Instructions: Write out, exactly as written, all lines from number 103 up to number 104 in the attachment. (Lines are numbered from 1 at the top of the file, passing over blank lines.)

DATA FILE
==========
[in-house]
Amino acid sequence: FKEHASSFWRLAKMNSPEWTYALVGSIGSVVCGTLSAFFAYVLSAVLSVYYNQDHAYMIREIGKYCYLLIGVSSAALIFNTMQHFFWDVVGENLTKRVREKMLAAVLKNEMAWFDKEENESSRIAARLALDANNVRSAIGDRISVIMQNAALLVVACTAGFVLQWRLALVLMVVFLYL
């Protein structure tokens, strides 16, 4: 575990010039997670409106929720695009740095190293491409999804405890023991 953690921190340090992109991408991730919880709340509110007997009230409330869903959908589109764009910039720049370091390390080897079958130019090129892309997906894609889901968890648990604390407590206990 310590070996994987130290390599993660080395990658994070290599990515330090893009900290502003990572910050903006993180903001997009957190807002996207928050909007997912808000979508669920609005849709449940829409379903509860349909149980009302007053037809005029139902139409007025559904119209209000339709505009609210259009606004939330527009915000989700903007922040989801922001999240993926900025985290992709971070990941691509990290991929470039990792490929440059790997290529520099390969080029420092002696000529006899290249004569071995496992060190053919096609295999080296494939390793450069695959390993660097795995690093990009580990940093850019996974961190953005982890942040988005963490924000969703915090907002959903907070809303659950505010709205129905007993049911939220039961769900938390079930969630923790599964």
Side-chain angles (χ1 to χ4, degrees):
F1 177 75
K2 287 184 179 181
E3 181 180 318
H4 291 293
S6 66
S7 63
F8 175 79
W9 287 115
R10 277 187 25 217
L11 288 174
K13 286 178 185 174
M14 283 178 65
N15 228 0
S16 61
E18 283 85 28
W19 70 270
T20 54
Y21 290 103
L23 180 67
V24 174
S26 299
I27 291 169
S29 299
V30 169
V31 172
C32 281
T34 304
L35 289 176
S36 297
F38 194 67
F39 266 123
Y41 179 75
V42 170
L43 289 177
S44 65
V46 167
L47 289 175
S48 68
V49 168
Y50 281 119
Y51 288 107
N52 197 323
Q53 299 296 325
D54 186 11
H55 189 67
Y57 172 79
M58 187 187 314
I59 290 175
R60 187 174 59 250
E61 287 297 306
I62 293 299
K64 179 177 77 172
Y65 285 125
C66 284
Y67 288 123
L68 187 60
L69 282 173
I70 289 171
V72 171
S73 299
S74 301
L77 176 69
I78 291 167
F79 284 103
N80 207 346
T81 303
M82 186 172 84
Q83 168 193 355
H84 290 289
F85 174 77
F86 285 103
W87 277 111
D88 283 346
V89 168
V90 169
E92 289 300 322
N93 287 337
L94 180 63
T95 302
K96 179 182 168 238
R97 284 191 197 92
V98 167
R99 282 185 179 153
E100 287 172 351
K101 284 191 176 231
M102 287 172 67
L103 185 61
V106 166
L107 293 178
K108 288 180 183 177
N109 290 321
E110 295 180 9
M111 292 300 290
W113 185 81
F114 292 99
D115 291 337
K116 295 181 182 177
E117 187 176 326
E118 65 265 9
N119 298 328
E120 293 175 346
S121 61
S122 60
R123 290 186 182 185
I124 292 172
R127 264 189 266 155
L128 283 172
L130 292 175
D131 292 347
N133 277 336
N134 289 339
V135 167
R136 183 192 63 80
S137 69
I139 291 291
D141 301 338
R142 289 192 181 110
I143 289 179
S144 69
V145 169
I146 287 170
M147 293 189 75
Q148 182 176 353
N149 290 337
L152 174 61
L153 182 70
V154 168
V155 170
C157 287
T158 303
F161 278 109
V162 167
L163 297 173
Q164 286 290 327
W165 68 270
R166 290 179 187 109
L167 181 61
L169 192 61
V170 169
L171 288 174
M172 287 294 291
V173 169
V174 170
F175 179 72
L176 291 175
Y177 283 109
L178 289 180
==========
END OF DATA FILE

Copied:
E118 65 265 9
N119 298 328